"What it's become?" intoned the Ghost...and Davis shrank back from its expression. "What has it become, boss? An automaton...a zombie, still clingin' to the glories of the past, churned out by a committee!"

"But...but you're the Ghost of Comics Past," quavered Davis. "You should like the backward-looking, the tribute to the genius of yesteryear..."

"I may be representin' the past," thundered the Ghost, "but I don't expect everyone to live there. We shouldn't be forgettin' the past, but that's no reason for us not to move forrard into th' future! Adaptation! Growth! Change! Tribute without stagnancy! Remember ol' Jimmy, and stop *&$% well betrayin' what he stands for!"

The Ghost, as he spoke, had grown to monstrous size, apparently swelling with indignation. Jim Davis fell to his knees and clutched at the Ghost's bow-legs in supplication. "Mercy!" he cried. "Mercy..."

The Ghost shrank...dwindled to a bedpost. Davis was back in his own room, in his own Now.

P.S.: As you can see from today's translation, this is the sort of strip that, while purporting to deal with universal themes, becomes dated quite quickly; the language in it thus reads as code to succeeding generations. The problem, of course, is that Davis is so stuck in the past that he genuinely believes that all his readers will know what a lava lamp is.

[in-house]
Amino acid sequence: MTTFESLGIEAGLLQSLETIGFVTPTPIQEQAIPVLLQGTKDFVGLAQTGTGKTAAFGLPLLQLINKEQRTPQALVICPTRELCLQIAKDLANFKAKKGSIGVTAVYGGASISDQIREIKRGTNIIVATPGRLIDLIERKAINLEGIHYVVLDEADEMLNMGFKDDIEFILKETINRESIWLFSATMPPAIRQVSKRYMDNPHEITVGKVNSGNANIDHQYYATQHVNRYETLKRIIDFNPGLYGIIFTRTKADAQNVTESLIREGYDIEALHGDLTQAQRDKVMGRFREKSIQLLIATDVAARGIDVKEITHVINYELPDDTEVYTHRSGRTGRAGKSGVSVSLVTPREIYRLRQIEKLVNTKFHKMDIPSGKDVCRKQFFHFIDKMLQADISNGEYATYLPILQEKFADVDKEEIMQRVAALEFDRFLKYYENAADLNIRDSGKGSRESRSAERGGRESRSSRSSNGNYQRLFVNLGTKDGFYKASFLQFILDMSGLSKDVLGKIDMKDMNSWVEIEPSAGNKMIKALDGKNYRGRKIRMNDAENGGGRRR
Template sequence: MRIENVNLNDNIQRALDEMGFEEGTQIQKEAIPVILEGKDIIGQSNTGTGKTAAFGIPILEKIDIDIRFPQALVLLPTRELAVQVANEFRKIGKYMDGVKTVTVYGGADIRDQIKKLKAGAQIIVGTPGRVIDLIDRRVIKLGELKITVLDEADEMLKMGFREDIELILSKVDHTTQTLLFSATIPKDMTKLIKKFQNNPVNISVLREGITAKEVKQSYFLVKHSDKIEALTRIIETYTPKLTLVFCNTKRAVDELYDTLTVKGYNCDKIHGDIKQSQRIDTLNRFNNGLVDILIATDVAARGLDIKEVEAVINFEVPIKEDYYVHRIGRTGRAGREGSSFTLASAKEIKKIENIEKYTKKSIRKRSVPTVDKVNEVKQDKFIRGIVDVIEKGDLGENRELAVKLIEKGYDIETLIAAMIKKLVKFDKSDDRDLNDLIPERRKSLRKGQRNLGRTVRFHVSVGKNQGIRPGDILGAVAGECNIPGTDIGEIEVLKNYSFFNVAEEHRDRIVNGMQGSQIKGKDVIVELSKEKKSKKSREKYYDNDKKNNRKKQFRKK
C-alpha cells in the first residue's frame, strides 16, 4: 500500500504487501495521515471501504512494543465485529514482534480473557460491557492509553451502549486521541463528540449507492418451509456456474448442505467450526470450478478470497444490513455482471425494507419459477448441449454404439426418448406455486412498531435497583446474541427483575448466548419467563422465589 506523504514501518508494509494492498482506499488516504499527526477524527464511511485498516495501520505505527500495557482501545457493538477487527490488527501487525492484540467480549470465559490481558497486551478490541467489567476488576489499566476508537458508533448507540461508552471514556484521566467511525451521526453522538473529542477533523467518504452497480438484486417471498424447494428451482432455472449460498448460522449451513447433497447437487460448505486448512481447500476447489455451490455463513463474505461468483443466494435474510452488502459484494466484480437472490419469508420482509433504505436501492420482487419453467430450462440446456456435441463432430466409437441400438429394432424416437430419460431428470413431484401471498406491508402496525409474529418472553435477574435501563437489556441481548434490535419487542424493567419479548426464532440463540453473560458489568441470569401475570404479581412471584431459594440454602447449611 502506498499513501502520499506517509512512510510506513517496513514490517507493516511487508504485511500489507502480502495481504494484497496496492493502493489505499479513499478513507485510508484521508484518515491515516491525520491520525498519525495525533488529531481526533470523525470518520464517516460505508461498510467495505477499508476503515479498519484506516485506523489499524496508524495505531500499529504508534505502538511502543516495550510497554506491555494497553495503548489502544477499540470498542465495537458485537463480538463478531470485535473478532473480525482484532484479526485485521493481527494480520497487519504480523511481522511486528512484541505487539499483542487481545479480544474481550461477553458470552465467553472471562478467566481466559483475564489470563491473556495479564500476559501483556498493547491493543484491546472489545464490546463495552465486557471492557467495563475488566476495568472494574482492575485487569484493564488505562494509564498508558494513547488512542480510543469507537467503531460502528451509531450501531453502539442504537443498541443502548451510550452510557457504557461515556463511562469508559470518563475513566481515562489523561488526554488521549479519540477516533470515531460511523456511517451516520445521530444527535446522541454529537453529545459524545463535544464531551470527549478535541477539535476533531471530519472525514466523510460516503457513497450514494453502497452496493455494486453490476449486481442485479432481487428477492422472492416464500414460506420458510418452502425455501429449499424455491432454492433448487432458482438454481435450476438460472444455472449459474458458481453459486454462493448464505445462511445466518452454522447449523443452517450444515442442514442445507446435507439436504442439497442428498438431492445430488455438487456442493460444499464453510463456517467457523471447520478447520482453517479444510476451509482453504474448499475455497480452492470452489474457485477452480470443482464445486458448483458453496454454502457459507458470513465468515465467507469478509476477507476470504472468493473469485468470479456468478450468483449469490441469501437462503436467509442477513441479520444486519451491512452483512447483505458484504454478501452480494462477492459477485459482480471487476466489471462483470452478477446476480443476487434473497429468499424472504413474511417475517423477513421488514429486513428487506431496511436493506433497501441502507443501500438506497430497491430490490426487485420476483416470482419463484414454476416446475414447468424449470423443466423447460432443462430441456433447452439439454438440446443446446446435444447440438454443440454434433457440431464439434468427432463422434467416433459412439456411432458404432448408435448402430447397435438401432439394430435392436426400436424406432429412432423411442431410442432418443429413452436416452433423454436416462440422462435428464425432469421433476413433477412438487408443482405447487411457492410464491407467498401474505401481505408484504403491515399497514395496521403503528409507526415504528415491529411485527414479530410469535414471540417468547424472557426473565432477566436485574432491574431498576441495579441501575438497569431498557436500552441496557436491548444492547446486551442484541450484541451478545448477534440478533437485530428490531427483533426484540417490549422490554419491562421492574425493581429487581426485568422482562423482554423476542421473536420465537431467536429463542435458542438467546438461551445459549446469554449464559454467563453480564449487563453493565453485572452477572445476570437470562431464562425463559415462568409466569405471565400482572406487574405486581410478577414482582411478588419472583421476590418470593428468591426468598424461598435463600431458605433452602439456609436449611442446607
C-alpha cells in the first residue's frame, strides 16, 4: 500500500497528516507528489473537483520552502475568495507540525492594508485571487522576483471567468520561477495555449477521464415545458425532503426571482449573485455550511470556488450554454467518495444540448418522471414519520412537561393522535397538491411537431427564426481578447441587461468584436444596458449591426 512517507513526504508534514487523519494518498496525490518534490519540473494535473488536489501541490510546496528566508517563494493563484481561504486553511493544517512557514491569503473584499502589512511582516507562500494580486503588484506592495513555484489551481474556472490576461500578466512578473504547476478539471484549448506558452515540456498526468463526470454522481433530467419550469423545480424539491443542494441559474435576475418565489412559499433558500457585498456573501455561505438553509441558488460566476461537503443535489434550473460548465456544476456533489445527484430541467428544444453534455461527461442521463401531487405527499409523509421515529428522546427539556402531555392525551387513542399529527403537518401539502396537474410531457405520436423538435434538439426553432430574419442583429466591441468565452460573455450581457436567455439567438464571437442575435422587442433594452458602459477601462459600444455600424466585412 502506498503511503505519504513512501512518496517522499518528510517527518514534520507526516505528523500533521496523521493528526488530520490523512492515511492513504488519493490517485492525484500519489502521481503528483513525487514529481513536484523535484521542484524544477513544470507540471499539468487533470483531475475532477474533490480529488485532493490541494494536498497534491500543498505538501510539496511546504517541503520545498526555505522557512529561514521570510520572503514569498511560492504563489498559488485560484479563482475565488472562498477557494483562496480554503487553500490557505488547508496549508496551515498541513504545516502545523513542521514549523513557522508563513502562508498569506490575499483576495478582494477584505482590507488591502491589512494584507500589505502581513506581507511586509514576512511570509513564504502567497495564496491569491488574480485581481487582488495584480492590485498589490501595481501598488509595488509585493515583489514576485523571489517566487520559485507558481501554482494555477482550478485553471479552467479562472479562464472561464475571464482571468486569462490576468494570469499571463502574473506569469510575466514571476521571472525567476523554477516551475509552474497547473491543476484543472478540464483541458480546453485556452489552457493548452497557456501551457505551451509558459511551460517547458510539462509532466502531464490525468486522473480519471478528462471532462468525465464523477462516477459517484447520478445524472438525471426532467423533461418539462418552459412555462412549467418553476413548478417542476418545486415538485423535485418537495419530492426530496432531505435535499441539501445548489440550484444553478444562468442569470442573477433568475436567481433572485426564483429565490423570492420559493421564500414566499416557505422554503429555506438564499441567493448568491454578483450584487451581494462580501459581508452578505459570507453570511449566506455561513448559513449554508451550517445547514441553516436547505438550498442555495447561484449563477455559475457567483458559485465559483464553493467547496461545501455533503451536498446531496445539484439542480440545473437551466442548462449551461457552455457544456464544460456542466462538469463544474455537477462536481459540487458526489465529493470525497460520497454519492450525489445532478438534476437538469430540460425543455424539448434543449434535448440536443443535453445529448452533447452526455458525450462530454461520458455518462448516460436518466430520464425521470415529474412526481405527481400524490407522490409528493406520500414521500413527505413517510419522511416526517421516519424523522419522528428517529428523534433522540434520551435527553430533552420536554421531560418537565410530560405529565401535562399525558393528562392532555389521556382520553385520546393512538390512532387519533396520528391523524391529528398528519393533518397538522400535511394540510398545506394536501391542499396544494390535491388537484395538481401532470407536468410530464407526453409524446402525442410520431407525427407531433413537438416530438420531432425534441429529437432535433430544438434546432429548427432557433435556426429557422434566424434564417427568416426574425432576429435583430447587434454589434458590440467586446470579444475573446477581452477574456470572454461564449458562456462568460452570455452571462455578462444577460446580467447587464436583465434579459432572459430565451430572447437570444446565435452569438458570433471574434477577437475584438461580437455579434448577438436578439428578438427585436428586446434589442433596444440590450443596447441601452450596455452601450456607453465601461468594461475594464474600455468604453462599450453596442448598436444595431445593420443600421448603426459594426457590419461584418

Tuesday, December 2, 2008

A Comic-Strip Christmas Carol: Stave One

Jim Davis, or whoever does Jim Davis's work for him nowadays, has a sweet, sweet deal. The Davisites* churn out three near-identical panels a day. The jokes are old and/or stupid; the characters do not grow or change. As young, hungry cartoonists shiver outside in the cold, the Davisites hunch over their drawing tables, sneering, "Are there no prisons? Are there no workhouses?"

Jim Davis:

I am the ghost of your colleague, Johnny Hart. I wear the chain I forged in life. I made it link by link, and yard by yard, constructing it of terrible jokes, cardboard characters, predictable situations, lazy art, and the inability to recognise my own shortcomings. Would you know the weight and length of the strong coil you bear yourself? It is a ponderous chain!